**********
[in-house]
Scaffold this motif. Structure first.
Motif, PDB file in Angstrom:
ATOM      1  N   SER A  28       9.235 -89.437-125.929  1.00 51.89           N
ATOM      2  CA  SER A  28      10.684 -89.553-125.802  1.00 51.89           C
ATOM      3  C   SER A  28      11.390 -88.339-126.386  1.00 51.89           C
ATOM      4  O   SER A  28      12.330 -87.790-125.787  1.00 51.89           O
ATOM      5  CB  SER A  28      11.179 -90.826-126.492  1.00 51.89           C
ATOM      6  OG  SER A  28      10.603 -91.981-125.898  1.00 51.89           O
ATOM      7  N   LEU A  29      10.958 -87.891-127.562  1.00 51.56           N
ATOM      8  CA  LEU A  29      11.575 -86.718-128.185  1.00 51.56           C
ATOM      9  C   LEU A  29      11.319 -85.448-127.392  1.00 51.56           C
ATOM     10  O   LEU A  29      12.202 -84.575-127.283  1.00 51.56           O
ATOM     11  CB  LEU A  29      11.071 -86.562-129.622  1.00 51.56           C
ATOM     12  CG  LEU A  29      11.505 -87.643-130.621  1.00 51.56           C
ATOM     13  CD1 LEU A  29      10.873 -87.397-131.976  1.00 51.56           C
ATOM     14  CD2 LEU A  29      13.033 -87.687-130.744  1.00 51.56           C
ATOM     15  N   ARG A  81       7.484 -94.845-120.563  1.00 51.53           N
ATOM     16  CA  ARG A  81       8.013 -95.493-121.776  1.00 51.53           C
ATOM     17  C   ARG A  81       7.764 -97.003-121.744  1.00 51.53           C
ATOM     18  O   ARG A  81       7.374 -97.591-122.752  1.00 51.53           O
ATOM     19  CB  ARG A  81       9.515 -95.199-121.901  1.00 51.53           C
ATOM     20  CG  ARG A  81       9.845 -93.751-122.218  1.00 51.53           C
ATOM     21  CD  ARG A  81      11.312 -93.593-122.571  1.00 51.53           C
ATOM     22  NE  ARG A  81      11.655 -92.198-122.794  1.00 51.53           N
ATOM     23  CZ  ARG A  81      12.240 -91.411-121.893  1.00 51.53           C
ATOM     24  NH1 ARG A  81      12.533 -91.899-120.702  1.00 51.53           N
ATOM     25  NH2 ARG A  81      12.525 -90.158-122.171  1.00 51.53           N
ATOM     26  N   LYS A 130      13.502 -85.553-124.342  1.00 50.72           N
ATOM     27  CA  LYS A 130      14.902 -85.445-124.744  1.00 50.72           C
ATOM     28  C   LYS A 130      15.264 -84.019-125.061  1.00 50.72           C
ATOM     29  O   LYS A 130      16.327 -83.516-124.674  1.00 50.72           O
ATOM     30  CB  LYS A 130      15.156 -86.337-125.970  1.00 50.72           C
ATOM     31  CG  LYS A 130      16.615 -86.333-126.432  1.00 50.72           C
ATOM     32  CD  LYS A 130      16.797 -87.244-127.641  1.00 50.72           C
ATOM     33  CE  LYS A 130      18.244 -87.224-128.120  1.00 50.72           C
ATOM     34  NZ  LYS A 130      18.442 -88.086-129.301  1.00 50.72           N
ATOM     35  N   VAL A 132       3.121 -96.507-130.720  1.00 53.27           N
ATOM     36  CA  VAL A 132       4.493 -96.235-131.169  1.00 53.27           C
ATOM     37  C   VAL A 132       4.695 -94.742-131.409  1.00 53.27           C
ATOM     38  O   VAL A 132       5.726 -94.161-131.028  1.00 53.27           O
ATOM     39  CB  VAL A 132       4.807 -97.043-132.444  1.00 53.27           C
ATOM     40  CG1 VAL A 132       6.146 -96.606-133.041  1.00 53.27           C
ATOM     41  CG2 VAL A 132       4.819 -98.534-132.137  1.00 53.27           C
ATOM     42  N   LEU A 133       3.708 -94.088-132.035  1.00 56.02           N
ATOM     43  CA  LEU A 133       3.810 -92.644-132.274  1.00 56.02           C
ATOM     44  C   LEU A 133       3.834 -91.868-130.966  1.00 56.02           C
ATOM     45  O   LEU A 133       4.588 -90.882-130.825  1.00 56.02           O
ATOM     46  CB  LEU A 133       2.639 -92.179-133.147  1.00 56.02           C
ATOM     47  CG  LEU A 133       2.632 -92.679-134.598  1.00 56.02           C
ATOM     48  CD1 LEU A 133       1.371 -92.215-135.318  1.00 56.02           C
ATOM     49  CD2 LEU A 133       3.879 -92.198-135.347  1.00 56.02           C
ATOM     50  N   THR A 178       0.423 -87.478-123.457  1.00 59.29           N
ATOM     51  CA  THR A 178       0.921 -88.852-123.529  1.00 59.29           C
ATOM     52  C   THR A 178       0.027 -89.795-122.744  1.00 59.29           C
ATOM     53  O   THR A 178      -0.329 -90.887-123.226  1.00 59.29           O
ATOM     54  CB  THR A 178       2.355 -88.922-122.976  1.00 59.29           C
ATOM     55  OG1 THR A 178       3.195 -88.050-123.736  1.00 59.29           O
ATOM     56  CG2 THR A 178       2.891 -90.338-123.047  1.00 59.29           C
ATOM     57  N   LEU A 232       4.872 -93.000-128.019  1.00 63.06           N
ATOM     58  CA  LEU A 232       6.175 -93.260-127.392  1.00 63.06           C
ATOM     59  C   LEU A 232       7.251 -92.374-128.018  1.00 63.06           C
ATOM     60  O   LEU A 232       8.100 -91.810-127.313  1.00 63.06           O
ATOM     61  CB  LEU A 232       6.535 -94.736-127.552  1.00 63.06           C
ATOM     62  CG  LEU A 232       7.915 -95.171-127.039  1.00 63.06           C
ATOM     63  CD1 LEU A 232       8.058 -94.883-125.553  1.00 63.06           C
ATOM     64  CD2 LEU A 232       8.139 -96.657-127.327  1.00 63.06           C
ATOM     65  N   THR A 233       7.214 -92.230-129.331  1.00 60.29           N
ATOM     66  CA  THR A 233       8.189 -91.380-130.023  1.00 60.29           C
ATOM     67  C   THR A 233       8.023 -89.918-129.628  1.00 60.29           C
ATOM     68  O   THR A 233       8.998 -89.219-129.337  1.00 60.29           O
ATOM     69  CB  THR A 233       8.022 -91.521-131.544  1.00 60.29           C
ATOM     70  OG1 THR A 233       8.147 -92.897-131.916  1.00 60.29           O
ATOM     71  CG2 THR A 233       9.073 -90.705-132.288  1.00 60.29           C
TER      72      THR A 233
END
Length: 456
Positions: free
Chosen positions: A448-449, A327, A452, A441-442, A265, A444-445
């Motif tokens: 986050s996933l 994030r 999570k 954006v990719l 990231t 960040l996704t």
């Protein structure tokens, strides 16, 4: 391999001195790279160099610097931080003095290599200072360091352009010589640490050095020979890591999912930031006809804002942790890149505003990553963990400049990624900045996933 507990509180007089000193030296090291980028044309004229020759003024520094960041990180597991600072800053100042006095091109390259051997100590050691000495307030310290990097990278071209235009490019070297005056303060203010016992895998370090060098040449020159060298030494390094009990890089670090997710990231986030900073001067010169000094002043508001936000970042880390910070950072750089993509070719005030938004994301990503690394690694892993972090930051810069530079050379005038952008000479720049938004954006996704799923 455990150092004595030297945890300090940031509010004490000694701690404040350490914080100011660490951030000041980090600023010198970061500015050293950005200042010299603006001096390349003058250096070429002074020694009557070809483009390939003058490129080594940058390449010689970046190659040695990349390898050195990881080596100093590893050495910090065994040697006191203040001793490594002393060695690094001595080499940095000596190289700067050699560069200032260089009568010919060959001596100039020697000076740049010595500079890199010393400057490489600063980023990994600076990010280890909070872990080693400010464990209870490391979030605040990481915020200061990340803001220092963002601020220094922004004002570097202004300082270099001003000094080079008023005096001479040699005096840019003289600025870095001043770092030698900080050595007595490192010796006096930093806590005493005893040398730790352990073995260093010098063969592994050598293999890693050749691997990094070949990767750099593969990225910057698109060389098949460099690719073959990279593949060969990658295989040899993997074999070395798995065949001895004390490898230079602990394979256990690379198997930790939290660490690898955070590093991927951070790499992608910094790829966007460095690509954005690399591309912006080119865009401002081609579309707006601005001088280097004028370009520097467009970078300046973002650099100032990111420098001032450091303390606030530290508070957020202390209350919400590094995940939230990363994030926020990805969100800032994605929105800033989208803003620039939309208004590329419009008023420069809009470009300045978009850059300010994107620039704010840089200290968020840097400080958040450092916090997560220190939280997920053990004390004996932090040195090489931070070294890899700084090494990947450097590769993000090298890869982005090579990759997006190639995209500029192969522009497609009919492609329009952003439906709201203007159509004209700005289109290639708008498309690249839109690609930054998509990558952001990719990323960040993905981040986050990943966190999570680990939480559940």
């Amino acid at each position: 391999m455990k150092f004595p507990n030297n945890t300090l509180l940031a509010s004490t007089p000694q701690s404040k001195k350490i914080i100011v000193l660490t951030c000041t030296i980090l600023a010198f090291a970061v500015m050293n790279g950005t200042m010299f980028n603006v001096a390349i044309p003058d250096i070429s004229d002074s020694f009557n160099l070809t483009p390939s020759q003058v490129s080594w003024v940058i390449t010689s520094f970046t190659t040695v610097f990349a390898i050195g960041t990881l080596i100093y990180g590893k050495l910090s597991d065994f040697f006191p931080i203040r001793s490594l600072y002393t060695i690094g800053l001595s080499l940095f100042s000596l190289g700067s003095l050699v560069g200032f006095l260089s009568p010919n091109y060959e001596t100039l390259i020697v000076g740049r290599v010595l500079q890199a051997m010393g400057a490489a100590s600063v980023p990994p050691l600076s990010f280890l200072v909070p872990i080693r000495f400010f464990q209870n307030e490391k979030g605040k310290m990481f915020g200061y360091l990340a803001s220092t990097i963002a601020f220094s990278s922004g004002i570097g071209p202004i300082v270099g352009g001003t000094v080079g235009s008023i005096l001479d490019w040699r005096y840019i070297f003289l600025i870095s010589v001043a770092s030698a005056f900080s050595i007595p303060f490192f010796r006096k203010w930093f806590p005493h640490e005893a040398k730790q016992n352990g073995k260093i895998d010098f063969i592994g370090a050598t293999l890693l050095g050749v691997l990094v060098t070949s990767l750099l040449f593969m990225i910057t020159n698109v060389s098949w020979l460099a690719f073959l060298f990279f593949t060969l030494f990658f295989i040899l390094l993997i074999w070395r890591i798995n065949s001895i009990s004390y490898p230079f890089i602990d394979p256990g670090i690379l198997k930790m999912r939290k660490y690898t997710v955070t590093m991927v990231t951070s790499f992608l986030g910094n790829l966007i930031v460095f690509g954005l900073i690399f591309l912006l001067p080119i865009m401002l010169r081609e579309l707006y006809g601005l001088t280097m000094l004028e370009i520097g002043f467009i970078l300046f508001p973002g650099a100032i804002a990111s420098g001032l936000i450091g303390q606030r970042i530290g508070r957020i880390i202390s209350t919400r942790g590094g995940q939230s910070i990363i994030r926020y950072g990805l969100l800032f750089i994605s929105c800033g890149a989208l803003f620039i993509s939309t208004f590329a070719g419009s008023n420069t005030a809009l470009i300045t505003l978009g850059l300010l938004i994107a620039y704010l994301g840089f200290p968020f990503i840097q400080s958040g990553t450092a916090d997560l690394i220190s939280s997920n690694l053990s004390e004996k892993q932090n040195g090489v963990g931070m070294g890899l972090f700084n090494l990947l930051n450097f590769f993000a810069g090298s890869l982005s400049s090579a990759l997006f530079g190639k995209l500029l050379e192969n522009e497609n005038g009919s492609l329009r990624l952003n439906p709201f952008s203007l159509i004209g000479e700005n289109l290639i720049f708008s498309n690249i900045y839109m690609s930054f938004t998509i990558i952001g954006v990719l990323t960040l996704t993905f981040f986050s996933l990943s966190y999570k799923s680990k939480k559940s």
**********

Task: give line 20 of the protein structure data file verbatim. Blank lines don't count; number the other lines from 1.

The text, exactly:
ATOM     17  C   ARG A  81       7.764 -97.003-121.744  1.00 51.53           C